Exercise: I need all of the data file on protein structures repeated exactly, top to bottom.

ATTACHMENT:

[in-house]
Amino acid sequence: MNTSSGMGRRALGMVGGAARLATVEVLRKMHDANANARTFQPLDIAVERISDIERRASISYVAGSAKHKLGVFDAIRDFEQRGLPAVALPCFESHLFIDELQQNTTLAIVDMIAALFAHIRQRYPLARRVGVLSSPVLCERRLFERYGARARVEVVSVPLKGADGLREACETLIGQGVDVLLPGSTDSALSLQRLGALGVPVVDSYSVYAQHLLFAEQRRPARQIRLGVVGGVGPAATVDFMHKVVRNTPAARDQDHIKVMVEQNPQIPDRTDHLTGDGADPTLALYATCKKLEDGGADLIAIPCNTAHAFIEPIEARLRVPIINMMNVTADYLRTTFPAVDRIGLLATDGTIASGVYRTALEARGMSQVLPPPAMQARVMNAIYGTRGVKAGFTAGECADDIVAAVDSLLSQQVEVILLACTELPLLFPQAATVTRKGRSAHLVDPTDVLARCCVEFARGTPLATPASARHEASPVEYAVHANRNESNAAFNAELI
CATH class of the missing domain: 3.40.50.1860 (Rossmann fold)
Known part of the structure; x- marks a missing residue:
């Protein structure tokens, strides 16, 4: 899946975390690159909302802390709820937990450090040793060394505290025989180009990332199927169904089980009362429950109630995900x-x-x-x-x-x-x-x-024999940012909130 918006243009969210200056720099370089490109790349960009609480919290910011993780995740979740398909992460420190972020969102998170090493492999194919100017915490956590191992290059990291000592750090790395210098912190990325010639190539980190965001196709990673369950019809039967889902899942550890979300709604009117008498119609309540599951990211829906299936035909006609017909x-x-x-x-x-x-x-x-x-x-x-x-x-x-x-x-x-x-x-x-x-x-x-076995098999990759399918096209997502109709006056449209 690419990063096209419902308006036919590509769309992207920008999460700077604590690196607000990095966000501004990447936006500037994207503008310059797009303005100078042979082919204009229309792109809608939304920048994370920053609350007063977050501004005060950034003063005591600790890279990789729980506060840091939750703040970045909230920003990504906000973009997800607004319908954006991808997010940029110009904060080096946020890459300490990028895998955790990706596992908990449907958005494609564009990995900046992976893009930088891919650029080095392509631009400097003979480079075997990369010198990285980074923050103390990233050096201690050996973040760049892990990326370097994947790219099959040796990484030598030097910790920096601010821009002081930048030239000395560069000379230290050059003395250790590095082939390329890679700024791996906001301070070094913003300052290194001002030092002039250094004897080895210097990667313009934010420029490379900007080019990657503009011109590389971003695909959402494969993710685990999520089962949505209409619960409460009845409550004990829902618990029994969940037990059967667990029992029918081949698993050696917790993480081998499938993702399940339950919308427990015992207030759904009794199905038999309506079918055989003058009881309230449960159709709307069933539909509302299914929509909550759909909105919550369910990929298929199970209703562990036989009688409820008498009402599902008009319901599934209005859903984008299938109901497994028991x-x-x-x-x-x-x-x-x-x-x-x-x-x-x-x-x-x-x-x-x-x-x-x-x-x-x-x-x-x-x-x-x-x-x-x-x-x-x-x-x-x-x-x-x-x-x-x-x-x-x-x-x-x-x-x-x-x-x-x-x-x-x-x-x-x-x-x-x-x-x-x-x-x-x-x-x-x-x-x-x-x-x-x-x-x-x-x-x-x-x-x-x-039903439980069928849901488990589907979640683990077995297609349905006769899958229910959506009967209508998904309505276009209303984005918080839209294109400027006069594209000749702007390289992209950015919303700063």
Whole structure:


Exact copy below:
[in-house]
Amino acid sequence: MNTSSGMGRRALGMVGGAARLATVEVLRKMHDANANARTFQPLDIAVERISDIERRASISYVAGSAKHKLGVFDAIRDFEQRGLPAVALPCFESHLFIDELQQNTTLAIVDMIAALFAHIRQRYPLARRVGVLSSPVLCERRLFERYGARARVEVVSVPLKGADGLREACETLIGQGVDVLLPGSTDSALSLQRLGALGVPVVDSYSVYAQHLLFAEQRRPARQIRLGVVGGVGPAATVDFMHKVVRNTPAARDQDHIKVMVEQNPQIPDRTDHLTGDGADPTLALYATCKKLEDGGADLIAIPCNTAHAFIEPIEARLRVPIINMMNVTADYLRTTFPAVDRIGLLATDGTIASGVYRTALEARGMSQVLPPPAMQARVMNAIYGTRGVKAGFTAGECADDIVAAVDSLLSQQVEVILLACTELPLLFPQAATVTRKGRSAHLVDPTDVLARCCVEFARGTPLATPASARHEASPVEYAVHANRNESNAAFNAELI
CATH class of the missing domain: 3.40.50.1860 (Rossmann fold)
Known part of the structure; x- marks a missing residue:
């Protein structure tokens, strides 16, 4: 899946975390690159909302802390709820937990450090040793060394505290025989180009990332199927169904089980009362429950109630995900x-x-x-x-x-x-x-x-024999940012909130 918006243009969210200056720099370089490109790349960009609480919290910011993780995740979740398909992460420190972020969102998170090493492999194919100017915490956590191992290059990291000592750090790395210098912190990325010639190539980190965001196709990673369950019809039967889902899942550890979300709604009117008498119609309540599951990211829906299936035909006609017909x-x-x-x-x-x-x-x-x-x-x-x-x-x-x-x-x-x-x-x-x-x-x-076995098999990759399918096209997502109709006056449209 690419990063096209419902308006036919590509769309992207920008999460700077604590690196607000990095966000501004990447936006500037994207503008310059797009303005100078042979082919204009229309792109809608939304920048994370920053609350007063977050501004005060950034003063005591600790890279990789729980506060840091939750703040970045909230920003990504906000973009997800607004319908954006991808997010940029110009904060080096946020890459300490990028895998955790990706596992908990449907958005494609564009990995900046992976893009930088891919650029080095392509631009400097003979480079075997990369010198990285980074923050103390990233050096201690050996973040760049892990990326370097994947790219099959040796990484030598030097910790920096601010821009002081930048030239000395560069000379230290050059003395250790590095082939390329890679700024791996906001301070070094913003300052290194001002030092002039250094004897080895210097990667313009934010420029490379900007080019990657503009011109590389971003695909959402494969993710685990999520089962949505209409619960409460009845409550004990829902618990029994969940037990059967667990029992029918081949698993050696917790993480081998499938993702399940339950919308427990015992207030759904009794199905038999309506079918055989003058009881309230449960159709709307069933539909509302299914929509909550759909909105919550369910990929298929199970209703562990036989009688409820008498009402599902008009319901599934209005859903984008299938109901497994028991x-x-x-x-x-x-x-x-x-x-x-x-x-x-x-x-x-x-x-x-x-x-x-x-x-x-x-x-x-x-x-x-x-x-x-x-x-x-x-x-x-x-x-x-x-x-x-x-x-x-x-x-x-x-x-x-x-x-x-x-x-x-x-x-x-x-x-x-x-x-x-x-x-x-x-x-x-x-x-x-x-x-x-x-x-x-x-x-x-x-x-x-x-039903439980069928849901488990589907979640683990077995297609349905006769899958229910959506009967209508998904309505276009209303984005918080839209294109400027006069594209000749702007390289992209950015919303700063």
Whole structure: